Nunatsiaq Online
NEWS: Iqaluit April 13, 2017 - 4:20 pm

Nunavut capital commits more than $1 million to city shelters

“It's a start... I’m happy with the way things are progressing”

STEVE DUCHARME
Iqaluit Coun. Joanasie Akumalik says he's pleased that councillors are committing more than a million dollars over five years to the men's and women's shelters in Iqaluit. (FILE PHOTO)
Iqaluit Coun. Joanasie Akumalik says he's pleased that councillors are committing more than a million dollars over five years to the men's and women's shelters in Iqaluit. (FILE PHOTO)
Doug Cox, manager of the Iqaluit men's shelter's, stands in front of the city's shelter in January. Cox has said in the past that it's not necessarily money but space the shelter needs since it's chronically overcrowded. (FILE PHOTO)
Doug Cox, manager of the Iqaluit men's shelter's, stands in front of the city's shelter in January. Cox has said in the past that it's not necessarily money but space the shelter needs since it's chronically overcrowded. (FILE PHOTO)

The City of Iqaluit followed through on promises to bolster support for the community’s shelters April 11, allocating more than a million dollars in funding spread out over the next five years.

Iqaluit’s men’s shelter will get access to $150,000 each year for the next five years through the city’s Community Wellness Plan, following an approved recommendation from the city’s Niksiit committee during a regular city council meeting, April 11.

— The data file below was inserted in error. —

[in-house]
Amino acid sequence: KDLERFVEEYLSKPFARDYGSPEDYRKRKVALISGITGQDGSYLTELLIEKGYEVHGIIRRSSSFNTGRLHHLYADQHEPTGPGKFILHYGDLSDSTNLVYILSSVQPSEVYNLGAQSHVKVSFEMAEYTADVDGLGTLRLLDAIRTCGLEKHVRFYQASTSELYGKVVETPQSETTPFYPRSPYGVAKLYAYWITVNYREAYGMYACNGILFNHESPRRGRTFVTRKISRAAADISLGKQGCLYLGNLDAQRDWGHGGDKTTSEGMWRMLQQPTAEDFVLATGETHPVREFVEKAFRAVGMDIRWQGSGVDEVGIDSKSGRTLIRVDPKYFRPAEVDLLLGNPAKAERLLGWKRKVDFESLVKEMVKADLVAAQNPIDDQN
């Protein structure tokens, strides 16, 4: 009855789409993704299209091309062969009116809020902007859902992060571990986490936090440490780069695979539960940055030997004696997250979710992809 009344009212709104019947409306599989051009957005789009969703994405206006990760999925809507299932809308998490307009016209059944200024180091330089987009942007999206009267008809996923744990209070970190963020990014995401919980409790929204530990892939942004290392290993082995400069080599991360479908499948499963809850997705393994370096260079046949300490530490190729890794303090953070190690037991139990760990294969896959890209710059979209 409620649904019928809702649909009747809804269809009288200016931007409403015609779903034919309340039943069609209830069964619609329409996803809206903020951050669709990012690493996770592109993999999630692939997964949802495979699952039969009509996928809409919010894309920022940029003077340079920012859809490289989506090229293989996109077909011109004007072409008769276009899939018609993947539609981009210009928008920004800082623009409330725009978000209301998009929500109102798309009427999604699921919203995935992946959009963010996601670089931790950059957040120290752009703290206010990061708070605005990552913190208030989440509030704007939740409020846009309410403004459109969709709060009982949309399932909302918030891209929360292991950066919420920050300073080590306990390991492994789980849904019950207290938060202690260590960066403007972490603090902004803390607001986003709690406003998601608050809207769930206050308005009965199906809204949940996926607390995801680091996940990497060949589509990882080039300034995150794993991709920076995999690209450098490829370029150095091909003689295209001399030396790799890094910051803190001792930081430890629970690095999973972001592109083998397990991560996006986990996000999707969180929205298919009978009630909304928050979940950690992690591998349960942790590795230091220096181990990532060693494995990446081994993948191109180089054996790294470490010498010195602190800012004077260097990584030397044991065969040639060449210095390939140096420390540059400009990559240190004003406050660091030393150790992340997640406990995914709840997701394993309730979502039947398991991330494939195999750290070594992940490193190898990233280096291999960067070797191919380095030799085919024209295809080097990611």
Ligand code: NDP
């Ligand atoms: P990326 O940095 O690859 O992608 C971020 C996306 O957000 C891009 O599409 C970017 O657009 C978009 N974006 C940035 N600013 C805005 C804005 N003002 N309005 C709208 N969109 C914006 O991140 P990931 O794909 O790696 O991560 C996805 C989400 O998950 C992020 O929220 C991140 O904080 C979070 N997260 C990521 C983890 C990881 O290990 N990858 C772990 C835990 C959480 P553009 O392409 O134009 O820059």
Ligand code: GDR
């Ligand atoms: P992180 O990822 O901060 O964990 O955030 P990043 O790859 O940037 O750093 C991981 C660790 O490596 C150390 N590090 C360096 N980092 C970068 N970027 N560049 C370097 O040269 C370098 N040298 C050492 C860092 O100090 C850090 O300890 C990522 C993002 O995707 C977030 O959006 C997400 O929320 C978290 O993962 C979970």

Iqaluit’s Qimaavik women’s shelter—which serves mostly women fleeing abusive relationships—will also get more than $57,700 per year for the next five years under a similar arrangement.

Coun. Joanasie Akumalik banged his desk in support for the funding, as Coun. Terry Dobbin—filling in for absent Niksiit chair, Simon Nattaq—read out the recommendations.

“It’s a start,” Akumalik told Nunatsiaq News following the council meeting, where he told council, “I’m happy with the way things are progressing.”

Akumalik has criticized the city for what he considers inaction following a visit by councillors to the men’s shelter earlier this year and new commitments promised to help the facility.

The men and women’s shelters will take up about 54 per cent of the Community Wellness Plan’s funding for 2017 which will distribute more than $384,000 to local projects this year.

The shelter said it will use the money to offer additional support for its guests such as life skill programs, mental health support and registration for social housing and government identification, according to proposals made in its Niksiit submissions.

The shelter also said it wants to remain open until 11:30 a.m., allowing the space to be used to host upcoming programs.

Both local shelters will need to submit detailed budgets to the city for how they plan to use the money.

Support for Iqaluit’s men’s shelter has risen since the death of Jake Angurasak, a regular user of the facility who was reported missing early last December.

Before that, another shelter regular and well-known carver, Lucassie Etungat, disappeared without a trace in September.

That was preceded by the disappearance of Ben Palluq, another homeless man, in 2014. Palluq was never found.